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01 September 2015
A recent High Court decision(1) has confirmed the purpose and rationale behind seeking particulars of an opposing party's pleaded case and has highlighted that they are not appropriate for eliciting evidence which would otherwise be brought out at trial. The decision confirms other cases which have held that seeking particulars of a pleaded case is limited to understanding the broad outline of the case, and that it is inappropriate to seek to broaden seeking particulars beyond that.
The applications before Judge O'Malley related to four categories of investor in a property scheme, with one application per each category of plaintiff investor. In each case the investors had been invited to subscribe to a fund to purchase properties on the basis that if the subscriptions met a target figure by a given date, moneys were to be invested; while if the target amount was not reached, the moneys were to be returned. It appears that the funds invested in the project were not used to purchase properties and went missing. The plaintiffs contended that the funds should have been returned on the basis that the target amounts were not reached by the relevant dates. The defendants contended that in each case funds were transferred because the target had been reached. Discovery requests by the plaintiffs had been agreed in full, but the plaintiffs served a notice for further and better particulars and ultimately issued a motion to compel replies. The defendants resisted the motion on the basis that the outstanding issues related to matters of evidence and that the plaintiffs were essentially seeking to use particulars as a means of cross-examination or interrogation.
In broad terms, the particulars sought requested that the defendants identify:
The particulars in relation to the identification of the investors related to a plea that the target subscription was met by the relevant date, while the particulars sought in relation to the sums involved related to pleas in respect of the investment structure. The defendants had resisted the requests in the first instance by contending that they were not proper matters for particulars, but were matters for evidence at the trial, in respect of which discovery had already been agreed. The plaintiffs contended that the delivery of replies with the information sought would assist in saving costs and time at trial by compelling the defendants to identify with precision the pleas made by them in their defence and counterclaim.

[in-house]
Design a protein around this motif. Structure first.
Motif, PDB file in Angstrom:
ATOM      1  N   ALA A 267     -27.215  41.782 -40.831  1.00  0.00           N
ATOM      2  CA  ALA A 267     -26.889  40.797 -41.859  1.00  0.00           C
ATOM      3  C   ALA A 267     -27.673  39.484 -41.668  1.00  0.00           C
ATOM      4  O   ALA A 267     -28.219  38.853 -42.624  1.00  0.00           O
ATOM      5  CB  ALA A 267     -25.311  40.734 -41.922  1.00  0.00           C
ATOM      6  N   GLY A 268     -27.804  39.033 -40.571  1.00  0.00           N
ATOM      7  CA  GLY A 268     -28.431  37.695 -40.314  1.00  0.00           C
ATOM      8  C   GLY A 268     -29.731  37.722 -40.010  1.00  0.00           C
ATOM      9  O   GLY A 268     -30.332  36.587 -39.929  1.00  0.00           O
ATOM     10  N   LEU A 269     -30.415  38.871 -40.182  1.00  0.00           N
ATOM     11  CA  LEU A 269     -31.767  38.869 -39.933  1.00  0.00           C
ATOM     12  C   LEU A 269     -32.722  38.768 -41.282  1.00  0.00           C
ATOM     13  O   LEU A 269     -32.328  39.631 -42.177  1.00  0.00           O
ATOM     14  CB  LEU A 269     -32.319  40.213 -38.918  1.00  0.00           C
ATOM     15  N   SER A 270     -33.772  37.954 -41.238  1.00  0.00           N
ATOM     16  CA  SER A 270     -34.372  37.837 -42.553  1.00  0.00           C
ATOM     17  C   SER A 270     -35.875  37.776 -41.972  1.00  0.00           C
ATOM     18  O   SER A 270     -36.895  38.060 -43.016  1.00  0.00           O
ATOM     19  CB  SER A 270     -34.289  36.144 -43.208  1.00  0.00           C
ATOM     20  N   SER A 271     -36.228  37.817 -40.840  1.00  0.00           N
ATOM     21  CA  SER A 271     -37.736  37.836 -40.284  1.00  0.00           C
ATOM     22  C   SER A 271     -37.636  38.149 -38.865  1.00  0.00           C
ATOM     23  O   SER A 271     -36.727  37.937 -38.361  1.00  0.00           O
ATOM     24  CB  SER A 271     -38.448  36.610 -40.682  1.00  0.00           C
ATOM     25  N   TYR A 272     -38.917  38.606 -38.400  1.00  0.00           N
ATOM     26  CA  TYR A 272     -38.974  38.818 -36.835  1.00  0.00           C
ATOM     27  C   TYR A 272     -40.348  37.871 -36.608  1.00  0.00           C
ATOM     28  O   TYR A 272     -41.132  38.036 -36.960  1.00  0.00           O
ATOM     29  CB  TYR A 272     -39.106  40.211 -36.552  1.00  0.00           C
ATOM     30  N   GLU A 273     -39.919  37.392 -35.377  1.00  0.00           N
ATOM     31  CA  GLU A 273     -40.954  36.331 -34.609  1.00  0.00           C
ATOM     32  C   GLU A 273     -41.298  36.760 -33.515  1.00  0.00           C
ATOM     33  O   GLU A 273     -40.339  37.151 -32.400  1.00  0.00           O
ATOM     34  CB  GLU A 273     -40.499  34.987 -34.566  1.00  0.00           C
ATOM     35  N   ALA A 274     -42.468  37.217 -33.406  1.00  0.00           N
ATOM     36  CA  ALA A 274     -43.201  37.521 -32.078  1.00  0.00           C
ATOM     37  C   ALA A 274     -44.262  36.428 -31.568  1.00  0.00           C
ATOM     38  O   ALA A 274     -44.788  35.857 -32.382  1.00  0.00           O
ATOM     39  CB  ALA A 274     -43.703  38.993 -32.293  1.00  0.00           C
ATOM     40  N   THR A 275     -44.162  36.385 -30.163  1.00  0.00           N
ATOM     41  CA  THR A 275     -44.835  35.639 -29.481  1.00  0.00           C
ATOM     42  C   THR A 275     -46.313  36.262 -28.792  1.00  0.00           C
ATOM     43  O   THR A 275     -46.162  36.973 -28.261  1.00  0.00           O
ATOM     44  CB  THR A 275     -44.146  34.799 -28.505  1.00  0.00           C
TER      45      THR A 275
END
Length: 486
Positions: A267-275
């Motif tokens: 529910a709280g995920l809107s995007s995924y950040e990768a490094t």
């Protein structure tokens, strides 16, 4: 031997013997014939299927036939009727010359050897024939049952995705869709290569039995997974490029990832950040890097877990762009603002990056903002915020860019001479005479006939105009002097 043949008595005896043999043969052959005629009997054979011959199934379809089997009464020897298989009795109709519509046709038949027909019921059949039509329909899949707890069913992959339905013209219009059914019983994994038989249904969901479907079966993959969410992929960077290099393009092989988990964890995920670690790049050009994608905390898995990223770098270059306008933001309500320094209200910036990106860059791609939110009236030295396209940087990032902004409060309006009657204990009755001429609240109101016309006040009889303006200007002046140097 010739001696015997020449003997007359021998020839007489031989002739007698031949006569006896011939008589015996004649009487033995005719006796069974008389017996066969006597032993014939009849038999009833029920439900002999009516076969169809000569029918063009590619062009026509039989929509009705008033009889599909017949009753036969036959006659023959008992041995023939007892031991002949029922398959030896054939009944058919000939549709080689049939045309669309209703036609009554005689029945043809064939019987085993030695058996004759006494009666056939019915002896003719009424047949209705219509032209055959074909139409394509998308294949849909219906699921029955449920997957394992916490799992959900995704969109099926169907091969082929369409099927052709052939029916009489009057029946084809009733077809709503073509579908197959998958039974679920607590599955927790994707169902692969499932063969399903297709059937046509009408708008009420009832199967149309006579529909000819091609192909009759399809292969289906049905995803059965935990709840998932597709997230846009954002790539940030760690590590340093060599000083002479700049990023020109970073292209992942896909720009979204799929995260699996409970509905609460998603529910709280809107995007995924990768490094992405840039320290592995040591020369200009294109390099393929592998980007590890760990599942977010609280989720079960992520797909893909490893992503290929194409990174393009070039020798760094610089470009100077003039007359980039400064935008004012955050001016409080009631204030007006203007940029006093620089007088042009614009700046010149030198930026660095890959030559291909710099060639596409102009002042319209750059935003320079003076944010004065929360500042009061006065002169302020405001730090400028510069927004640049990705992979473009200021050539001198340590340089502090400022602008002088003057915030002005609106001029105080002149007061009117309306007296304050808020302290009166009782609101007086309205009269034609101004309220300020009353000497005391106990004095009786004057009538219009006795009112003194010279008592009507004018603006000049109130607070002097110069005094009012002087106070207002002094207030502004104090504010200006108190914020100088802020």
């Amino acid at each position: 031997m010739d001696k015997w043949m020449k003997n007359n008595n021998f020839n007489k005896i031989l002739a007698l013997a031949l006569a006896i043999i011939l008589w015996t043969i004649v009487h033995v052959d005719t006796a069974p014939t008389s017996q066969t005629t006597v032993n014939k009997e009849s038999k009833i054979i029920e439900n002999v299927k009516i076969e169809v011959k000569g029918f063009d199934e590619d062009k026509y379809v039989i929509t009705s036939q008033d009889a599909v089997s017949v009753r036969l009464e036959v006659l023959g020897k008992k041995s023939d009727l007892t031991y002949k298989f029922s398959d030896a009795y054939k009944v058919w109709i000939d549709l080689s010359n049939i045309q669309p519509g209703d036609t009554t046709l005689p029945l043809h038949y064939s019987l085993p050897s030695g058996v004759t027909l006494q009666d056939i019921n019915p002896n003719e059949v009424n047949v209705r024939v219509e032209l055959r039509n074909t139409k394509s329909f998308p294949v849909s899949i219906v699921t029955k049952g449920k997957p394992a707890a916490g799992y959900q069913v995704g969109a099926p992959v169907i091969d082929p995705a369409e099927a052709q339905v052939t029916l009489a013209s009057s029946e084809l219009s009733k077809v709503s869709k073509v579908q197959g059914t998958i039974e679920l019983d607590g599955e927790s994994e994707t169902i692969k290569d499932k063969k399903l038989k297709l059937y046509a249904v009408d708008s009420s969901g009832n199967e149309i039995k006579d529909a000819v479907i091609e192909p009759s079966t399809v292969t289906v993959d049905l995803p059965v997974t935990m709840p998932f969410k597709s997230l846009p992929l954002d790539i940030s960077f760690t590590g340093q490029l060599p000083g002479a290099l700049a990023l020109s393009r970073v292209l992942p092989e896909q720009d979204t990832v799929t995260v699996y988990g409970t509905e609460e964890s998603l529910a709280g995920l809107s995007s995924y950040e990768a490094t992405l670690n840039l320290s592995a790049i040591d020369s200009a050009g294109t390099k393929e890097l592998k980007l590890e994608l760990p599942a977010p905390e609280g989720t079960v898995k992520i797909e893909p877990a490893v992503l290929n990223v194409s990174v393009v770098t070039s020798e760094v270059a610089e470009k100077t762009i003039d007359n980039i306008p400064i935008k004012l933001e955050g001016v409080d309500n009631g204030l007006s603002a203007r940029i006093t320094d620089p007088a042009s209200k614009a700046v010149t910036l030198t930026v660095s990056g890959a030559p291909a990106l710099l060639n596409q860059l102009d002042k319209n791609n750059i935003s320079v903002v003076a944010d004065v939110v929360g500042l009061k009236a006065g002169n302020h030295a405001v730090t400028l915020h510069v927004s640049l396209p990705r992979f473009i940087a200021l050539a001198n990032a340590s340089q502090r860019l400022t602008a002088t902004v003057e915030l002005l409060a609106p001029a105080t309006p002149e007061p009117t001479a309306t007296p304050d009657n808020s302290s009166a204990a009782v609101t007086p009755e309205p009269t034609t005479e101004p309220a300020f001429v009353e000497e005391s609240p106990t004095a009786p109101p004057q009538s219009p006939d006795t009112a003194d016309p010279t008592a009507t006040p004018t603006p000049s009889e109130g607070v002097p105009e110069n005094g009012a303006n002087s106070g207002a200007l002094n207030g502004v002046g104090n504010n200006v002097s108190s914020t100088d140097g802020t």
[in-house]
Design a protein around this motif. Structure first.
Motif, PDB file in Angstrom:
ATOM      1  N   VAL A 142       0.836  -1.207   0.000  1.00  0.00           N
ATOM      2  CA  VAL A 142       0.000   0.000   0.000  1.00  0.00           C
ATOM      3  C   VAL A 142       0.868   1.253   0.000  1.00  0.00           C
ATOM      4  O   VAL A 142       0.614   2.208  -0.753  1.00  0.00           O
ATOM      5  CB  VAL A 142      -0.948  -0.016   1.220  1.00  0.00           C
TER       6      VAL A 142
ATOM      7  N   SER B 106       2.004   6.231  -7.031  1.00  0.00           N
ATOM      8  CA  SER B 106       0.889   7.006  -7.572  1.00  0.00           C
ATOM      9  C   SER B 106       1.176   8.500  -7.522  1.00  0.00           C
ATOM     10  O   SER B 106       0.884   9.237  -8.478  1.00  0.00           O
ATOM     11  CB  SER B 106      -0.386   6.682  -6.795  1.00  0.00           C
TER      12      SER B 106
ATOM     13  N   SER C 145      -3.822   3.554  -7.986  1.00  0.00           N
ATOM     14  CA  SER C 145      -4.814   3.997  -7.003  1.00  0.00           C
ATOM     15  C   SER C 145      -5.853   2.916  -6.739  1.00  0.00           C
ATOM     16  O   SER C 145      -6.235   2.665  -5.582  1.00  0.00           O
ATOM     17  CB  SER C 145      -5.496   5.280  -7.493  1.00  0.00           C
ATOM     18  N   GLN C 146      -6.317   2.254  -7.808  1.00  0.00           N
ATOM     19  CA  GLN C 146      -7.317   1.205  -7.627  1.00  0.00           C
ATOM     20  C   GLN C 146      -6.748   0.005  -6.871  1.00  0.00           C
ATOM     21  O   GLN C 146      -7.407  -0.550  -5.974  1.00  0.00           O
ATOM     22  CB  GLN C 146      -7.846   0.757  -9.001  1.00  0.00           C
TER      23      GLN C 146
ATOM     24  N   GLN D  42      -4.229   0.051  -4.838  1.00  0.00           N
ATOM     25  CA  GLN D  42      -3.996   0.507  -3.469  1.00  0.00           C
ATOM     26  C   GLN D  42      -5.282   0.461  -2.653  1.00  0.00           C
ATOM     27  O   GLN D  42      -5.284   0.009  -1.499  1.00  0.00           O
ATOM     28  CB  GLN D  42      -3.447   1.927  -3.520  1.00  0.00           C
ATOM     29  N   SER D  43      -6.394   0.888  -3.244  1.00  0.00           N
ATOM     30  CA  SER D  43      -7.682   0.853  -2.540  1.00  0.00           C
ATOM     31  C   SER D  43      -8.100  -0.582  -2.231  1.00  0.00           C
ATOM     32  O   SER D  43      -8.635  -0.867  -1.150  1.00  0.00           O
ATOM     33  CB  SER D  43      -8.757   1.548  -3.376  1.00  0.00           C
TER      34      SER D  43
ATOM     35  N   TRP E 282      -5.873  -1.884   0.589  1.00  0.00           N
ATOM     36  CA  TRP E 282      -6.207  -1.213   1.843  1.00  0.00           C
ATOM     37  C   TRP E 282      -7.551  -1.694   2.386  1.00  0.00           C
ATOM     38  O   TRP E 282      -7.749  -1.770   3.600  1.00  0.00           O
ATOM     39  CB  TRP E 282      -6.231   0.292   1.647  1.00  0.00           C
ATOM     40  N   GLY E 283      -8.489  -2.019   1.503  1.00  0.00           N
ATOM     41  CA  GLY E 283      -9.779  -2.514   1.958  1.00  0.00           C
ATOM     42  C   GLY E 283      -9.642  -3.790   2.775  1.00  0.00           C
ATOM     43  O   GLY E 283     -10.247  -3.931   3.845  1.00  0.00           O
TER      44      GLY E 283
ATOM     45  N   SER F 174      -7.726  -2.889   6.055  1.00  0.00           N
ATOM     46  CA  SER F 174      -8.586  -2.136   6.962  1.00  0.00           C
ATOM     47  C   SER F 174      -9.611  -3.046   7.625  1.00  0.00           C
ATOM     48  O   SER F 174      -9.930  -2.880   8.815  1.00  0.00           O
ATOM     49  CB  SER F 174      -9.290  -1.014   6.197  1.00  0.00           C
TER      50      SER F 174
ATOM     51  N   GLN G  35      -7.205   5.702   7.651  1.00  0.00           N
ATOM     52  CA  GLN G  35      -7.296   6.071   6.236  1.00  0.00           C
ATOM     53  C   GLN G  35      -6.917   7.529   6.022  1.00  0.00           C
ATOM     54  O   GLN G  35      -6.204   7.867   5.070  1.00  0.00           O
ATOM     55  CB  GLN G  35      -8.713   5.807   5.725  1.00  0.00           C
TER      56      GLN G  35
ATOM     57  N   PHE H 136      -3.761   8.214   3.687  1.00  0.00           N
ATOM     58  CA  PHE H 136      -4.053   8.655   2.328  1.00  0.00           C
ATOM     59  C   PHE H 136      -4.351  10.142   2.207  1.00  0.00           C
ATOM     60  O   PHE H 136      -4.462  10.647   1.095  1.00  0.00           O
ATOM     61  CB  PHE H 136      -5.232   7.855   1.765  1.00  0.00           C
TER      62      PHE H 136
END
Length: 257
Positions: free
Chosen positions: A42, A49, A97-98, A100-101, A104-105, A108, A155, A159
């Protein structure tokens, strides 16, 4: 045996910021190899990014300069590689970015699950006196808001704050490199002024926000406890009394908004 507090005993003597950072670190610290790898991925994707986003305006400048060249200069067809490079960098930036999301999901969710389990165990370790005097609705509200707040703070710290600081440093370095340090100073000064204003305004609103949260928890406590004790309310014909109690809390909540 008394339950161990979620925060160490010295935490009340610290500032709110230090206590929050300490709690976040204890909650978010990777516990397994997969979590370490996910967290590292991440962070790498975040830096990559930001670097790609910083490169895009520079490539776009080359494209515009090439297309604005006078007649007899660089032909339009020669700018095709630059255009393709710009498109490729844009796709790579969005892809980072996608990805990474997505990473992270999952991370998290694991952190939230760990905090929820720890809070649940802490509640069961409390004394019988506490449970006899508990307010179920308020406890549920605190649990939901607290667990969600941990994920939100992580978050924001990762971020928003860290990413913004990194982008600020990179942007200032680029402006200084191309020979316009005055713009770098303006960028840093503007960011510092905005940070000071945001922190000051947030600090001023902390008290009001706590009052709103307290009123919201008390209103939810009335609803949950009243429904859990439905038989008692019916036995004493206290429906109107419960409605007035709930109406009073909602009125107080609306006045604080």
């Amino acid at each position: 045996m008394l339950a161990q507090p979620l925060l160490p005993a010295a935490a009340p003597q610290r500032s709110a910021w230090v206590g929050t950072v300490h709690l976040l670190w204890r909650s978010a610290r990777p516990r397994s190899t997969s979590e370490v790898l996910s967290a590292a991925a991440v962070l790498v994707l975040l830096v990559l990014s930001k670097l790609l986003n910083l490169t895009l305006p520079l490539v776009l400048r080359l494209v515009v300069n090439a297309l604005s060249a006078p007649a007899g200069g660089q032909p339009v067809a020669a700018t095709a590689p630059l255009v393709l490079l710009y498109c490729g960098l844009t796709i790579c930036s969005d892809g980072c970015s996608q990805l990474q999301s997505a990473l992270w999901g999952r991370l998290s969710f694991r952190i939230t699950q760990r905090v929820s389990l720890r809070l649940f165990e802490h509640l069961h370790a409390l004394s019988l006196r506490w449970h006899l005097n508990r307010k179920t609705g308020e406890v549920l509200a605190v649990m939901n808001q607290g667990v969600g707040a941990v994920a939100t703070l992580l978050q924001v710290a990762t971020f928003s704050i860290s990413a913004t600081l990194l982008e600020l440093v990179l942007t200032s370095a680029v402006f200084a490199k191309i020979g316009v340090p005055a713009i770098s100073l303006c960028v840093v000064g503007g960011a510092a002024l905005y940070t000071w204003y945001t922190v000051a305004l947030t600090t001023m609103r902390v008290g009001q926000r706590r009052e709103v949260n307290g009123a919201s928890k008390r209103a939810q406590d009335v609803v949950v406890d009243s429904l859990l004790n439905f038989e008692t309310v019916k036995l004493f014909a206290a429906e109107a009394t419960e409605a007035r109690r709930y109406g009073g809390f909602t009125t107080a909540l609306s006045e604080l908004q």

The genesis for seeking particulars with regard to pleas set out in pleadings arises from Order 19, Rule 7 of the Rules of the Superior Courts:
"A further and better statement of the nature of the claim or defence, or further and better particulars of any matter stated in any pleading, notice or written proceedings requiring particulars, may in all cases be ordered, upon such terms, as to costs and otherwise, as may be just."
O'Malley also referred to Delany and McGrath in Civil Procedure in the Superior Courts,(2) who record that:
"the general principle is that particulars will be ordered if they are necessary to clarify the issues so that the party requesting them can know the case he has to meet or if there is a danger that he may be taken by surprise at the trial of the action. An order compelling a party to reply to a notice for particulars will be refused where the court is satisfied that the party seeking the particulars knows the broad outline of the case that will have to meet."